However, my main worry is about vulnerable tenants. They include the elderly, people who are leaving supported housing or care and the statutory homeless. There is a whole group of vulnerable tenants. Although I accept that provision has been made for local authorities to pay the benefit directly to the landlord, the system does not contain adequate safeguards and we need to consider whether trained and qualified staff are required to make an assessment to ensure that those who are most exposed under a system of personal responsibility do not fall into significant arrears.

One of the reasons for pathfinders’ success is the increased provision of financial advice to tenants in the pilot areas. Genuine difficulties undoubtedly arise when people have to set up bank accounts. Unfortunately, the Post Office card account is not available because, for some reason, the Post Office and local authorities do not have any agreements and people therefore have to set up bank accounts. There are major problems, with which people need help. For example, the European money-laundering regulations mean that people have to produce original
24 July 2006 : Column 691
documentation. That has proved a genuine difficulty in other circumstances. I was pleased that the Minister gave the reassurance today that the enhanced money advice facilities will be available when the scheme is rolled out nationwide.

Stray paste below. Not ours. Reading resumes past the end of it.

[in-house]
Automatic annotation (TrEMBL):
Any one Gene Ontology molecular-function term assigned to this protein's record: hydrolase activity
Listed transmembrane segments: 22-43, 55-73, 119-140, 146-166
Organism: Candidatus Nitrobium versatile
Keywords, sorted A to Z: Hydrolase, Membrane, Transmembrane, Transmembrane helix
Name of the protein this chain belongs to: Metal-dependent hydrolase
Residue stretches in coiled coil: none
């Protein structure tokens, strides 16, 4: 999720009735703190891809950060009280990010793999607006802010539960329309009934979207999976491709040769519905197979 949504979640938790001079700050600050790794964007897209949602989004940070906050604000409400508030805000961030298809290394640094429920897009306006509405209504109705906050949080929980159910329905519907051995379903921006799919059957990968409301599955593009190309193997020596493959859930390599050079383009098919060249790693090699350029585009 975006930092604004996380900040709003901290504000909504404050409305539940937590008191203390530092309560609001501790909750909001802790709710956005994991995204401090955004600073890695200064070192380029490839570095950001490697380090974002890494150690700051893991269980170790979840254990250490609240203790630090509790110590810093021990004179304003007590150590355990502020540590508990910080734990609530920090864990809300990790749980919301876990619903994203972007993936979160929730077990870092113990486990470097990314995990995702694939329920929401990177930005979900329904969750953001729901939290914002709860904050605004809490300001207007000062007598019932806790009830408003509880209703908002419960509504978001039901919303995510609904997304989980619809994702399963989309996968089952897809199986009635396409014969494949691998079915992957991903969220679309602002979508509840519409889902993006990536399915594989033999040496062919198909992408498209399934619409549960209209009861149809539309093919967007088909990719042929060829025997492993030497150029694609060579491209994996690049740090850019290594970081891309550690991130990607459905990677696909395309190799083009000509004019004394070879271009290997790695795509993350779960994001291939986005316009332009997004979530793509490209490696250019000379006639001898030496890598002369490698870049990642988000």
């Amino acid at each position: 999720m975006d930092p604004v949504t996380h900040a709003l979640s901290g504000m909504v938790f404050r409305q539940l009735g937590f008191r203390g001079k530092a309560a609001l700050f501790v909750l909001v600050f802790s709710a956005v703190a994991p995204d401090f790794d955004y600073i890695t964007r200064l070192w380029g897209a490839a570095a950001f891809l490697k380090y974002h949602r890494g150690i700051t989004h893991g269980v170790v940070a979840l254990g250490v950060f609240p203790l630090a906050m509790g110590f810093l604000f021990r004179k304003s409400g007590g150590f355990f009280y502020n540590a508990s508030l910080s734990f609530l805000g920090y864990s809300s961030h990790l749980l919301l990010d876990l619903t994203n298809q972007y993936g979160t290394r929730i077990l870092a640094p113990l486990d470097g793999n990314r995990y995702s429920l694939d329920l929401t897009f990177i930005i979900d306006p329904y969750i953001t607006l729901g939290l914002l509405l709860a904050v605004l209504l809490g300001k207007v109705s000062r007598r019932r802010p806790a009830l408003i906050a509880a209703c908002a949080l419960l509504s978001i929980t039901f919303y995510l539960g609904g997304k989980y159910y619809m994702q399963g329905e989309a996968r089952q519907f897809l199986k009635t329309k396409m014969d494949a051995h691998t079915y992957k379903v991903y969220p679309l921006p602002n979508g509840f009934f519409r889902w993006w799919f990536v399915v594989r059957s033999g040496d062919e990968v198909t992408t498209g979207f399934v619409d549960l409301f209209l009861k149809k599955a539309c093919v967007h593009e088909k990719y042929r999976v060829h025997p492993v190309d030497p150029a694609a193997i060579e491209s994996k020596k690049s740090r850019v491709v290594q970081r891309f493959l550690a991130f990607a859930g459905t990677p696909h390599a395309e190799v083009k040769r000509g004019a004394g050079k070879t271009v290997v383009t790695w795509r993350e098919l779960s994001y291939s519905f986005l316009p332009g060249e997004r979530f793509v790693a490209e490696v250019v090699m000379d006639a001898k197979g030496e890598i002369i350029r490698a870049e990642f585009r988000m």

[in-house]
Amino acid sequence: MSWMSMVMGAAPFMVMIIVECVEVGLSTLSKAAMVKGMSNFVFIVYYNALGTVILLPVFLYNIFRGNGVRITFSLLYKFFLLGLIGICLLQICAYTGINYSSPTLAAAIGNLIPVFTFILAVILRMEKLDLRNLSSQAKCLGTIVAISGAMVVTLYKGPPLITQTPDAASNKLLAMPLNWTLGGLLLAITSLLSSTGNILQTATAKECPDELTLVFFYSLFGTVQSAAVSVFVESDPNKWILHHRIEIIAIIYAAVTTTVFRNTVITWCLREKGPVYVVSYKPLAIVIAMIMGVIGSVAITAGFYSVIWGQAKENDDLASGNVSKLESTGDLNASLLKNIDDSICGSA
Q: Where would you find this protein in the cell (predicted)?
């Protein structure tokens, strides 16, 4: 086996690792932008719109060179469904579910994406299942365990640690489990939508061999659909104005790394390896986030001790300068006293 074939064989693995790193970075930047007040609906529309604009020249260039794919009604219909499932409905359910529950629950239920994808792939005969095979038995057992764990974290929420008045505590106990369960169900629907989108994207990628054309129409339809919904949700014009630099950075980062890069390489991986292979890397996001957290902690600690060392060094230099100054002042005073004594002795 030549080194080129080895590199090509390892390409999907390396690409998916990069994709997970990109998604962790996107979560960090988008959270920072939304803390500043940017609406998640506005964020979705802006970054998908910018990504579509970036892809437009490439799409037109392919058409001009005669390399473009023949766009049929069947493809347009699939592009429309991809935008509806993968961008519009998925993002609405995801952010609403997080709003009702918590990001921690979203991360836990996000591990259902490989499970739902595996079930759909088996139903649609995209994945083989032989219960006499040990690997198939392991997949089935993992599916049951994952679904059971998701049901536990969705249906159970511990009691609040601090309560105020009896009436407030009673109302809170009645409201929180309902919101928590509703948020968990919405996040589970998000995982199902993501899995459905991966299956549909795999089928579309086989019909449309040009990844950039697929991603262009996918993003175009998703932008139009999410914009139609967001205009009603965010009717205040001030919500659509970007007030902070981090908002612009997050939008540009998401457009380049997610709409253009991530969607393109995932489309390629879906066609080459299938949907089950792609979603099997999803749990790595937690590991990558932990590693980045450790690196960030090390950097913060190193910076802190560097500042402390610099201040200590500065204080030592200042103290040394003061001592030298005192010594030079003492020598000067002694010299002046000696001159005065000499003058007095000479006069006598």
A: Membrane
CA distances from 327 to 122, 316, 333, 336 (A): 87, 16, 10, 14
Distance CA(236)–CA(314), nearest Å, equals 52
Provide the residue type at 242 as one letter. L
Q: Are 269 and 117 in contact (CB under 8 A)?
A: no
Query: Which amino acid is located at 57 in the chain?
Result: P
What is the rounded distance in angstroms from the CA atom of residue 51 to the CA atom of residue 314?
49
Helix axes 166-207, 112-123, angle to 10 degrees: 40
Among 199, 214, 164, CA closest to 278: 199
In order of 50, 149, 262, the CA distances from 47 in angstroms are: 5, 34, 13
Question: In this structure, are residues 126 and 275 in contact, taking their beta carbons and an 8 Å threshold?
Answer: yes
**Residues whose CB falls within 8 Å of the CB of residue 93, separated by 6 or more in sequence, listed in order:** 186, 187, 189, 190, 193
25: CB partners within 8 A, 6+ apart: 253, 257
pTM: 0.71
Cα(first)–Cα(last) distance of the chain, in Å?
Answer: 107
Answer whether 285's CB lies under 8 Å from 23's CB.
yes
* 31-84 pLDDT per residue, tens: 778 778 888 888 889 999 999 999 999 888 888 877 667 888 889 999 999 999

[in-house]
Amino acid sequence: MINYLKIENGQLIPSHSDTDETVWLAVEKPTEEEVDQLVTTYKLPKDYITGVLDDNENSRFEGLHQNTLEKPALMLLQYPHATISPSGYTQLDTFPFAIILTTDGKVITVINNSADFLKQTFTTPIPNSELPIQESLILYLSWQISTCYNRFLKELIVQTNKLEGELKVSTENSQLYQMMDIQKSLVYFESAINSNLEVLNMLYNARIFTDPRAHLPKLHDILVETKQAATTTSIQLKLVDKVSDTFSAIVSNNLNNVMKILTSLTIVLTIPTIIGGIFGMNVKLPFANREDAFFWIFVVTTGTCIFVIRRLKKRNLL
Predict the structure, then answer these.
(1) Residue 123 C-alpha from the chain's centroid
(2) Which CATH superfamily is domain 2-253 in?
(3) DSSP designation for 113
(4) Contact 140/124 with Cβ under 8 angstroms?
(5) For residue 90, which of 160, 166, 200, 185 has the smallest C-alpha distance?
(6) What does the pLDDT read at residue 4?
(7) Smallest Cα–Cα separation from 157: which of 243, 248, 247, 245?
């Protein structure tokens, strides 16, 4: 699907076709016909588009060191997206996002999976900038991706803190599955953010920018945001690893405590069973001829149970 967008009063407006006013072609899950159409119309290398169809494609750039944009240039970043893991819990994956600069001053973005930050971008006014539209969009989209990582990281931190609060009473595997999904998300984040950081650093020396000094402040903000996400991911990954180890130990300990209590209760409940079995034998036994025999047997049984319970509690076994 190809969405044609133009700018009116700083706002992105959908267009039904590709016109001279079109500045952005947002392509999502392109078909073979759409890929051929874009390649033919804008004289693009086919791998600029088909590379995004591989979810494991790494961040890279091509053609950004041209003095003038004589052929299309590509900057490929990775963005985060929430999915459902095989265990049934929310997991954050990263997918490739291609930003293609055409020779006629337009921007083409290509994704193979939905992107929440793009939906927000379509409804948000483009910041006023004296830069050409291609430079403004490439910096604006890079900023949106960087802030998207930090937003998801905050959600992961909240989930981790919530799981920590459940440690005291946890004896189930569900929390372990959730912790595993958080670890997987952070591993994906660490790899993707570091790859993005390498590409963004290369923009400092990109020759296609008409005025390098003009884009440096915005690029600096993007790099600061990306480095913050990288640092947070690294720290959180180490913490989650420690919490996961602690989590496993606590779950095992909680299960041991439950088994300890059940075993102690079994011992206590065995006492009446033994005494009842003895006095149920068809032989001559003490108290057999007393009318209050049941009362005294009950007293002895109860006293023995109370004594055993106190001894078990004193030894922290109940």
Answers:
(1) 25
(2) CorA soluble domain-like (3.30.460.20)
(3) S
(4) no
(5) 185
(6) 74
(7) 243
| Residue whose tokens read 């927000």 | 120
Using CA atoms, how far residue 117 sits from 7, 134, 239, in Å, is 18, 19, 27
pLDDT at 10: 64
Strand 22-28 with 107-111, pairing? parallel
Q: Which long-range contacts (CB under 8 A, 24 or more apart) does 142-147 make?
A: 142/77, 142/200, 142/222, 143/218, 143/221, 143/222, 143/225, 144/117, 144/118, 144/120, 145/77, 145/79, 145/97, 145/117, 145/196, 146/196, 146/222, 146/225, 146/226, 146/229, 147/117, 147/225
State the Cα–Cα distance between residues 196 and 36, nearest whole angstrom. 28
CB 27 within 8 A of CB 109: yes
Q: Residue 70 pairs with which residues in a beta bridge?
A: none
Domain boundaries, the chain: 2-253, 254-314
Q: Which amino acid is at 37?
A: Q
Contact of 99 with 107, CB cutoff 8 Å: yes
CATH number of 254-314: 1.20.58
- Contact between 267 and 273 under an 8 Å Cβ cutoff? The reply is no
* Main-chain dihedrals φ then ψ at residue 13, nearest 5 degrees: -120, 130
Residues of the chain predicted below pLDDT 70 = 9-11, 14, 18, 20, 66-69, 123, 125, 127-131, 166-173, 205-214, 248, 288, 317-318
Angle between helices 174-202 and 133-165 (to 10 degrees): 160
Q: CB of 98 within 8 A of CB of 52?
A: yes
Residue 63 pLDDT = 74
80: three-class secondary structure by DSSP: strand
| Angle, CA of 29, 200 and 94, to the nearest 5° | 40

I want to consider the local housing allowance. Under the Bill, the rent service will set the local housing allowance and decide the broad rental market areas that that amount of local housing allowance will cover. Again, the pathfinder experience has been good. I welcome that and congratulate the Government because there has been a substantial reduction—from 58 per cent. to 39 per cent.—in the shortfalls that people experienced in those broad rental market areas. However, there have been significant variations, and several hon. Members voiced genuine concerns about that. For example, in Leeds, the scheme almost halved the number of people with a gap between their rent and housing benefit, but Conwy experienced only a small reduction. We need to look more closely at that experience, to determine how we can learn from it. There are also issues relating to transparency and to the boundaries of the broad rental market areas. I take the point made earlier about the significant variation in rental levels across Greater London, and we need to ensure that we get those boundaries right if we are going to make a success of the local housing allowance.